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Urban herring gulls use human behavioural cues to locate food

Cite this dataset

Goumas, Madeleine; Boogert, Neeltje; Kelley, Laura (2020). Urban herring gulls use human behavioural cues to locate food [Dataset]. Dryad.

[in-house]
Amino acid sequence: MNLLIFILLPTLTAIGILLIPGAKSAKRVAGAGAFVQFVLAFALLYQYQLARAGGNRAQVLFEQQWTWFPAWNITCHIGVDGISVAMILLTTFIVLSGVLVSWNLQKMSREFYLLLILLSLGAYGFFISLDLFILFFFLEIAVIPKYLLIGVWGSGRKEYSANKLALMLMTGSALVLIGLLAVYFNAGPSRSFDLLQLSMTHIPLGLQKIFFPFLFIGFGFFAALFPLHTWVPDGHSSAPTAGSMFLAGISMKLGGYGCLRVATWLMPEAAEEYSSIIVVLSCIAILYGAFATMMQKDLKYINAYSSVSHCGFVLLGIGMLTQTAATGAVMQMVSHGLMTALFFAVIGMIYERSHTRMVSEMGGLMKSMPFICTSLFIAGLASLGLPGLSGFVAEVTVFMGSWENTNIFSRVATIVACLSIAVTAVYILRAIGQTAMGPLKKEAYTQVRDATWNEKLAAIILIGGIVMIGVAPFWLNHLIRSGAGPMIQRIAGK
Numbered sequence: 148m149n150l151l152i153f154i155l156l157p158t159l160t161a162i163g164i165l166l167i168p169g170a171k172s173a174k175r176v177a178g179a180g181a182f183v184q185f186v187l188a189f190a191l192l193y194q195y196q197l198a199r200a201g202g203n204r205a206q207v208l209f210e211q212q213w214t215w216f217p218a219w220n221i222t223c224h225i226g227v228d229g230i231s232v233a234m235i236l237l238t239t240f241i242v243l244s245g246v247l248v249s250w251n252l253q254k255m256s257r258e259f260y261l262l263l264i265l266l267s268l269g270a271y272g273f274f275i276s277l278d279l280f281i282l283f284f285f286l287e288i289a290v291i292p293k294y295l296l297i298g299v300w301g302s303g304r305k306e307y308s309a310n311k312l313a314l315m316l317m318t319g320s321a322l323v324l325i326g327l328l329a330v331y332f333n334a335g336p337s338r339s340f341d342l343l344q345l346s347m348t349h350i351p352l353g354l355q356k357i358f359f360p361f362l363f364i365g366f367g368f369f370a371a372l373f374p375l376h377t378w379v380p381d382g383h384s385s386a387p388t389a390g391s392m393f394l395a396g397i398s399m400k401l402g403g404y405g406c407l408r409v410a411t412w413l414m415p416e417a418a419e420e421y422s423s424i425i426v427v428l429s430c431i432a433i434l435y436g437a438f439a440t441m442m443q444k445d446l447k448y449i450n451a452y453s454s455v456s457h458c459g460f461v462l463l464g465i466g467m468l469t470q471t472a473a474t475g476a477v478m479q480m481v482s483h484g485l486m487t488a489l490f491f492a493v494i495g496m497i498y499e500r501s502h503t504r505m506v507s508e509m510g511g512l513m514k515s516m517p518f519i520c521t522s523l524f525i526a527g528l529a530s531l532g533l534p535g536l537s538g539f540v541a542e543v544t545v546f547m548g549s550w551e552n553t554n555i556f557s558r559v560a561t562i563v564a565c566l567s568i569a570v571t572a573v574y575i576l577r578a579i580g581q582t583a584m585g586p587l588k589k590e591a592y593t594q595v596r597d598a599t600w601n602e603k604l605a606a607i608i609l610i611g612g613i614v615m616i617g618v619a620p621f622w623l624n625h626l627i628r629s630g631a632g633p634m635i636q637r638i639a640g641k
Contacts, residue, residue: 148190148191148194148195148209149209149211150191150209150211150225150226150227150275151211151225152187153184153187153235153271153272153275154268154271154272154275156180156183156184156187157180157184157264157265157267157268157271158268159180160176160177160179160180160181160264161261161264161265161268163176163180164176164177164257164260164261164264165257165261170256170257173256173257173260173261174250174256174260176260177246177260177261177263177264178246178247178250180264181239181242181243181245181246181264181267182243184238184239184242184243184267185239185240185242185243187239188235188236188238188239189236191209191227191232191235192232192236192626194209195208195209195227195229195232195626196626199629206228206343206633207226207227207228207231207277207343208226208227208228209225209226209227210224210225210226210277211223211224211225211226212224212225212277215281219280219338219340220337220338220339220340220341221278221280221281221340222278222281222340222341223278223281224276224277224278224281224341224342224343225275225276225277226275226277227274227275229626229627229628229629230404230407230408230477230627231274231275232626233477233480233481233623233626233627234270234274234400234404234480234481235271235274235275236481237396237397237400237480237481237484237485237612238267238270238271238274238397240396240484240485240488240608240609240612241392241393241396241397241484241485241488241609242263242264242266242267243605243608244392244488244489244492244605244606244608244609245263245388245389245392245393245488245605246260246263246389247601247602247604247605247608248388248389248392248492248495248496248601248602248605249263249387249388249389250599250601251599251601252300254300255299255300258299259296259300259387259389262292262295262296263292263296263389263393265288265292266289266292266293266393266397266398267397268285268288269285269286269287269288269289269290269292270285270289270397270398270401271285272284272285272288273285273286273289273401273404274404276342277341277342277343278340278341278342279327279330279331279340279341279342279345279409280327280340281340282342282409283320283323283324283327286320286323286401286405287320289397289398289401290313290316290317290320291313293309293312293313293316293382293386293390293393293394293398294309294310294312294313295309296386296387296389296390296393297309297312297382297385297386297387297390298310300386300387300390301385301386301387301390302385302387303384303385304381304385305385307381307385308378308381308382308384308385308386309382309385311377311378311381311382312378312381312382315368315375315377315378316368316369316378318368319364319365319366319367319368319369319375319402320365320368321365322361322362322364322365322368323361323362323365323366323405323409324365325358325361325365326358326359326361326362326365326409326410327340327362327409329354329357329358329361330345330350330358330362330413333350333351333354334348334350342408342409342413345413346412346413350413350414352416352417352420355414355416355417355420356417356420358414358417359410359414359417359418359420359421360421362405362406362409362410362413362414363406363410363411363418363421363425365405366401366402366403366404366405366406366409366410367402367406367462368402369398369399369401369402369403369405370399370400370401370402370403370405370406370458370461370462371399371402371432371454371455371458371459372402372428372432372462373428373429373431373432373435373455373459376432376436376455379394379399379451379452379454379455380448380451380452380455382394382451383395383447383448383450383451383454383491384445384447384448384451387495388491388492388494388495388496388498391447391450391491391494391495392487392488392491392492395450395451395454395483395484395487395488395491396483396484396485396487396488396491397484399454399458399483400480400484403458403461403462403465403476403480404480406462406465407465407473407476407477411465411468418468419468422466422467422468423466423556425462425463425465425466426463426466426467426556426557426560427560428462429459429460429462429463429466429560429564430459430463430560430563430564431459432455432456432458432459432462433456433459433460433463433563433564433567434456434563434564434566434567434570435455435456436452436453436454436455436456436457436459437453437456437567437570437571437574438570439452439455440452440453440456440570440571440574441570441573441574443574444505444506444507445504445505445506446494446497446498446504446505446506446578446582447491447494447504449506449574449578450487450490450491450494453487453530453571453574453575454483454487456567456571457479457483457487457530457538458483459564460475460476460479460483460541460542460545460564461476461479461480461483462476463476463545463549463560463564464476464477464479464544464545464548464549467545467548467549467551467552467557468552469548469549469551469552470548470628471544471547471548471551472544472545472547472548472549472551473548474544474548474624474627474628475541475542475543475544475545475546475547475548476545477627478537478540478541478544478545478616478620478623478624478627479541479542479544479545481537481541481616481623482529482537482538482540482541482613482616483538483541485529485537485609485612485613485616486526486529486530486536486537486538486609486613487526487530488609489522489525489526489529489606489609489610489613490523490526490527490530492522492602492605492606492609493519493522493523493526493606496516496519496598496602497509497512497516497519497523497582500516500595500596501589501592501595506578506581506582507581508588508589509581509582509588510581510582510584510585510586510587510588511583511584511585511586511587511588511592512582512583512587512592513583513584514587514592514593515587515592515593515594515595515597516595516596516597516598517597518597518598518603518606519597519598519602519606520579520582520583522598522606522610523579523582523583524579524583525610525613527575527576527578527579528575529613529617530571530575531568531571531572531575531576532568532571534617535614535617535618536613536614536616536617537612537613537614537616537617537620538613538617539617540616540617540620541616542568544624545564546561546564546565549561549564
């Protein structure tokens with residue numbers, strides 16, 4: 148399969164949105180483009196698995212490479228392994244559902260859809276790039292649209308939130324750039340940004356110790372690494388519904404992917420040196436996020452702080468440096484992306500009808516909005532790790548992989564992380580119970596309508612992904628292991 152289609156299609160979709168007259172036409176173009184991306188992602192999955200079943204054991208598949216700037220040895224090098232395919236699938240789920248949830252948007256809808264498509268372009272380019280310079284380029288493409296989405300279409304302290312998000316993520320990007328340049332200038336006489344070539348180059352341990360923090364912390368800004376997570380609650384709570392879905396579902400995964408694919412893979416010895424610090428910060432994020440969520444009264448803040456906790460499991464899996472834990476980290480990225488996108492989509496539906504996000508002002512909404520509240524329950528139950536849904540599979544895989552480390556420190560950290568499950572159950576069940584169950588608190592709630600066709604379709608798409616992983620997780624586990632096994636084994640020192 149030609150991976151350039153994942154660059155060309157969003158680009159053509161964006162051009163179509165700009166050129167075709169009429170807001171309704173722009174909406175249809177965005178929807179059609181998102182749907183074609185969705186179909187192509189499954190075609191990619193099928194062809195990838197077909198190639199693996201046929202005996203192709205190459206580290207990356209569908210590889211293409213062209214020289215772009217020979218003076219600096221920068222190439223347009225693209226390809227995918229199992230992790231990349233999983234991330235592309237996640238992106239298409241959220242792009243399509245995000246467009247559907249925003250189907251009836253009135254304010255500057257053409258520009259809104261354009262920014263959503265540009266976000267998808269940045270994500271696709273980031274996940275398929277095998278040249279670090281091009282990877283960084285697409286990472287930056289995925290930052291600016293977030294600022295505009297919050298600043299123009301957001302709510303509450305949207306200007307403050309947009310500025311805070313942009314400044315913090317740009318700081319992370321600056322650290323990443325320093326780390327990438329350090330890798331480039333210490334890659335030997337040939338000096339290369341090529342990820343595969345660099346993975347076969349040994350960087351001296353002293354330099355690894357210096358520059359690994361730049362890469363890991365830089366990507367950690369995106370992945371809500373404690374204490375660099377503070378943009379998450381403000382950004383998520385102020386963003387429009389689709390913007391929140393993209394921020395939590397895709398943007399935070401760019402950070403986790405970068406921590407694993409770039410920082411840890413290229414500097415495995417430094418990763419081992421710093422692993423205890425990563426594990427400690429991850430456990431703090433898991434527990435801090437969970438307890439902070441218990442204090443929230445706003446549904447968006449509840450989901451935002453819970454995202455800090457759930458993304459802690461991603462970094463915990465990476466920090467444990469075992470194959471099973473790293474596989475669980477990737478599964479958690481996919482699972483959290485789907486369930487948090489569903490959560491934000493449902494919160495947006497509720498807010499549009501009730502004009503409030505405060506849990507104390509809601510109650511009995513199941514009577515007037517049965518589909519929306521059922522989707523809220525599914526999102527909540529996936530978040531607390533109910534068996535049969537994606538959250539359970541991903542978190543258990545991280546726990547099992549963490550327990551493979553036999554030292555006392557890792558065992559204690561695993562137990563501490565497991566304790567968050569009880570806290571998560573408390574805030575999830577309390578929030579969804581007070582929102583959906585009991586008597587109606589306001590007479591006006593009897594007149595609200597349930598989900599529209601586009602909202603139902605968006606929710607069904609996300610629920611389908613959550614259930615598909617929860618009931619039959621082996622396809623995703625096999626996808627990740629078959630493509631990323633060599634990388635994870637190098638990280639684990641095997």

While many animals are negatively affected by urbanisation, some species appear to thrive in urban environments. Herring gulls (Larus argentatus) are commonly found in urban areas and often scavenge food discarded by humans. Despite increasing interactions between humans and gulls, little is known about the cognitive underpinnings of urban gull behaviour and to what extent they use human behavioural cues when making foraging decisions. We investigated whether gulls are more attracted to anthropogenic items when they have been handled by a human. We first presented free-living gulls with two identical food objects, one of which was handled, and found that gulls preferentially pecked at the handled food object. We then tested whether gulls’ attraction to human-handled objects generalises to non-food items by presenting a new sample of gulls with two non-food objects, where, again, only one was handled. While similar numbers of gulls approached food and non-food objects in both experiments, they did not peck at handled non-food objects above chance levels. These results suggest that urban gulls generally show low levels of neophobia, but that they use human handling as a cue specifically in the context of food. These behaviours may contribute to gulls’ successful exploitation of urban environments.